Finally, the government can go after the users: Set up “honeypot” sites (seriously, that would be the technically correct name for them) that would look like normal offshore pornography sites. Draw people in to buy the stuff. Figure out who the buyers are. To do that, you'd also have to ban any anonymizer Web sites that might be used to hide such transactions, by setting up some sort of mandatory filtering such as what I described in option (2).Politicians may state that they think porn should be outlawed or controlled, and some are even willing to trample on some rights to put that in motion. But it's hard for most to jump from taking down the supply side to attacking the demand. If your aim is to make the internet "safer," it's fairly easy to see that removing users has no effect on "safety." But while this logic leap is hard, it is by no means impossible. The War on Drugs has locked up thousands of users by making possession a crime. "Possession with the intent to distribute" is simply a matter of going above an arbitrary quantity. Possession laws assume the only reason a person would be carrying [x] amount of drugs is because they're selling to others. Would a person with more than [x] megabytes of porn on their hard drive be considered a distributor, thus opening up the possibility of additional charges? I don't see why not, given the attitude surrounding the issues.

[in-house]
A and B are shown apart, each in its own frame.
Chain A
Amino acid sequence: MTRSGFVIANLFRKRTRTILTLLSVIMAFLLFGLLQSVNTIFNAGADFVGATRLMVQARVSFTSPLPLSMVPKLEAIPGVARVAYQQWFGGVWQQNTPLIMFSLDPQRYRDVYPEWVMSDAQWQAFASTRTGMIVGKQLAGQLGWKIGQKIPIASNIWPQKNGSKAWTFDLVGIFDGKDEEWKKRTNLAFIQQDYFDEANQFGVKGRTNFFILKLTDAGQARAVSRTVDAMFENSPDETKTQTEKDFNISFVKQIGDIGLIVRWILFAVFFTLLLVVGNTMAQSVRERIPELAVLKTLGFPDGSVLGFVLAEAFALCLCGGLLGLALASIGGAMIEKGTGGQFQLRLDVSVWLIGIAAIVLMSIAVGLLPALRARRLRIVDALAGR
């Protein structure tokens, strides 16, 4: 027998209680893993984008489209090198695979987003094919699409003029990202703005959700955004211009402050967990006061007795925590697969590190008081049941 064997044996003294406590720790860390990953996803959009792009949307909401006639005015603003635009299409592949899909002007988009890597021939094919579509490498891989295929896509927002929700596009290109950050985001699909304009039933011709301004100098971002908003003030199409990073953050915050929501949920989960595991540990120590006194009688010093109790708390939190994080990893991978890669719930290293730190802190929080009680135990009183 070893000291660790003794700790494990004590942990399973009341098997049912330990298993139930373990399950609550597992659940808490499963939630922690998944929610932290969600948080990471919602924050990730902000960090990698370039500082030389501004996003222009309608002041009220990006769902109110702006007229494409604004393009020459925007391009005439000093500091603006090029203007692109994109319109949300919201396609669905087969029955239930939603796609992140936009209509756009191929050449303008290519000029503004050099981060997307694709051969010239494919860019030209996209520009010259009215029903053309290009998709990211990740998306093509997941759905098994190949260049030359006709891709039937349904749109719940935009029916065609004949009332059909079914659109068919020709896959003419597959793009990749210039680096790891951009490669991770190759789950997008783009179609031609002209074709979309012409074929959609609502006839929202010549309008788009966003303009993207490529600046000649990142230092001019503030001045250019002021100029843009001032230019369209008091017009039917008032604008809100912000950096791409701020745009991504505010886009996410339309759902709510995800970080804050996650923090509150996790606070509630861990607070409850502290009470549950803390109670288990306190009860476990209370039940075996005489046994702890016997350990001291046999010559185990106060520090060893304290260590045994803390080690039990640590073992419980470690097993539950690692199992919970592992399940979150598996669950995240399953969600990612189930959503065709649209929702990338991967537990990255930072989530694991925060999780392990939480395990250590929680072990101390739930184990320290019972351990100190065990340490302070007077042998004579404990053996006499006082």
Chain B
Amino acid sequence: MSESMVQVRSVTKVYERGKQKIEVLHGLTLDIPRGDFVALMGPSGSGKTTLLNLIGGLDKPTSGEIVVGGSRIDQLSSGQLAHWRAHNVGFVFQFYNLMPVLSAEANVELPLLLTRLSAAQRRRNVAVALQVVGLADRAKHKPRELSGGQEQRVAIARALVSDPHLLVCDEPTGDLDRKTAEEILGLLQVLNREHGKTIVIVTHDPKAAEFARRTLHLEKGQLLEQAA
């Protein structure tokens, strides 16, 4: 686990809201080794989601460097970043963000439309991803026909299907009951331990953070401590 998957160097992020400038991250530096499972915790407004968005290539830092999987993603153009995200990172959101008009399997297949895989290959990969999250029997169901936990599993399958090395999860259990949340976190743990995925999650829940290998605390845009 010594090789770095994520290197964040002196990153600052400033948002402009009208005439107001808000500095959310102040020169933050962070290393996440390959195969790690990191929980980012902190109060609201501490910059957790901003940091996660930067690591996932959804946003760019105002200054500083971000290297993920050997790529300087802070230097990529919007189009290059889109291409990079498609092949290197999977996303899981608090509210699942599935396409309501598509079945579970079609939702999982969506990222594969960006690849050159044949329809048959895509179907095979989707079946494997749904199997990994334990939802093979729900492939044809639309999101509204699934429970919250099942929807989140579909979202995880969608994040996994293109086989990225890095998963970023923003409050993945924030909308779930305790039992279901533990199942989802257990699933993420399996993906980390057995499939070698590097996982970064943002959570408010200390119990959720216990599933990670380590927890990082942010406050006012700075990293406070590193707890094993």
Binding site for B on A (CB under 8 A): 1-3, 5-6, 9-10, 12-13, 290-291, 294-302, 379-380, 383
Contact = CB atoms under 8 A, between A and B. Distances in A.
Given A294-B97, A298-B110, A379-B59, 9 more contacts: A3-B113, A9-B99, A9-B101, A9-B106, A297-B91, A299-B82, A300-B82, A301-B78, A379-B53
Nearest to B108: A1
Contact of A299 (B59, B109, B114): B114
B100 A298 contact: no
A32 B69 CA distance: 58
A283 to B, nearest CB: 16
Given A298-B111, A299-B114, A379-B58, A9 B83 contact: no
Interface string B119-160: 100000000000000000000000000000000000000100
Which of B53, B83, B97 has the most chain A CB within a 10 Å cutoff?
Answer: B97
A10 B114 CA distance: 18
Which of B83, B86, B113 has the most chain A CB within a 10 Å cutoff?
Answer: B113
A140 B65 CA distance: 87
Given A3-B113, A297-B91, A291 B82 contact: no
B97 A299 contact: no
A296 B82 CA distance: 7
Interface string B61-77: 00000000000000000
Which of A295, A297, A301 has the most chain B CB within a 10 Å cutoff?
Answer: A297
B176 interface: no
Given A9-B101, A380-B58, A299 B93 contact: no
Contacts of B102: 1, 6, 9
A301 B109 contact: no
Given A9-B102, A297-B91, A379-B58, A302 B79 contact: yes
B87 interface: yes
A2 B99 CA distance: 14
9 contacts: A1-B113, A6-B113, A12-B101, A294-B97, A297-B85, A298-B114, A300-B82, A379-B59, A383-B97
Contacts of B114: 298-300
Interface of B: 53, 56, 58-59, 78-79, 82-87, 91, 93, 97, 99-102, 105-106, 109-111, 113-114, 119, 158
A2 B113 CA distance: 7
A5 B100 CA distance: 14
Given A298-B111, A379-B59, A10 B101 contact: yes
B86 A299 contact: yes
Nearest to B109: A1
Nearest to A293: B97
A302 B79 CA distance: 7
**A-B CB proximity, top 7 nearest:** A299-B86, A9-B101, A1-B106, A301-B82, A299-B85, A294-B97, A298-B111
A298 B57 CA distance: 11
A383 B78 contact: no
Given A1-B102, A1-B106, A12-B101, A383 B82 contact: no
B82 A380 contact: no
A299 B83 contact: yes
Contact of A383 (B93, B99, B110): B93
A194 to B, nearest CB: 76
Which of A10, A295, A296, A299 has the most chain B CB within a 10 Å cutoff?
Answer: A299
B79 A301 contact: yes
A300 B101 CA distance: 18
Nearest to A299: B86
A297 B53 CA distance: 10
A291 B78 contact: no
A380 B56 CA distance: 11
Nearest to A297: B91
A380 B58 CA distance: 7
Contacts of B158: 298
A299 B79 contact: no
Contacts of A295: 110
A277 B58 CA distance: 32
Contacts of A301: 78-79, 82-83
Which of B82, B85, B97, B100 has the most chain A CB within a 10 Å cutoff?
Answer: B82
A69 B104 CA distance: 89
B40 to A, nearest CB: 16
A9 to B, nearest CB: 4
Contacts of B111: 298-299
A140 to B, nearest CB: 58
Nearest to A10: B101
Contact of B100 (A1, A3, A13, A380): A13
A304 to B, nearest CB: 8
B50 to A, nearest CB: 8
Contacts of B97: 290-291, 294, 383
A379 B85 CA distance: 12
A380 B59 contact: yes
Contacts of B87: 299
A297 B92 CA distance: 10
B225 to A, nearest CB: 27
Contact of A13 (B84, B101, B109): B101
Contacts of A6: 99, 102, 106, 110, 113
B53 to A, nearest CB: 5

Then arrest the pornography downloaders and prosecute them for receiving obscene material over the Internet, in violation of 18 U.S.C. § 1462; see, e.g.,United States v. Whorley (4th Cir. 2008) (holding that such enforcement is constitutional, and quite plausibly so holding, given the United States v. Orito Supreme Court case).
There's plenty of food for thought in Volokh's post, especially considering the faint echoes of SOPA/PIPA present in the discussion of enforcing morality. Both parties claim to be working towards a more open internet, but seem willing to scuttle that openness in reaction to hot-button issues or overly-friendly nudges from lobbyists. Ultimately, the question isn't about whether or not porn is "bad" for citizens, but rather, how can these laws possibly be enforced without descending quickly into "draconian measures"?
How can the government's policy possibly achieve its stated goals, without creating an unprecedentedly intrusive censorship machinery, one that's far, far beyond what any mainstream political figures are talking about right now?The answer is: it can't. But these concerns aren't being considered, at least not during an election run. Post-election, if anyone gets around to fighting this unwinnable battle, the concerns likely won't be considered at that point, either. It's usually not until the public gets noisy enough to jeopardize politicians' careers that any sort of consideration is given to the rights of the people affected. Even more disturbing is the fact that pursuing this end effects both sides of the creative effort: the producers and the consumers. Considering the resemblance these actions have to past overreaching legislative efforts crafted to "protect" certain industries, it's rather disconcerting to see the possibility of these same actions being used to destroy a creative industry simply because certain people don't care for the product.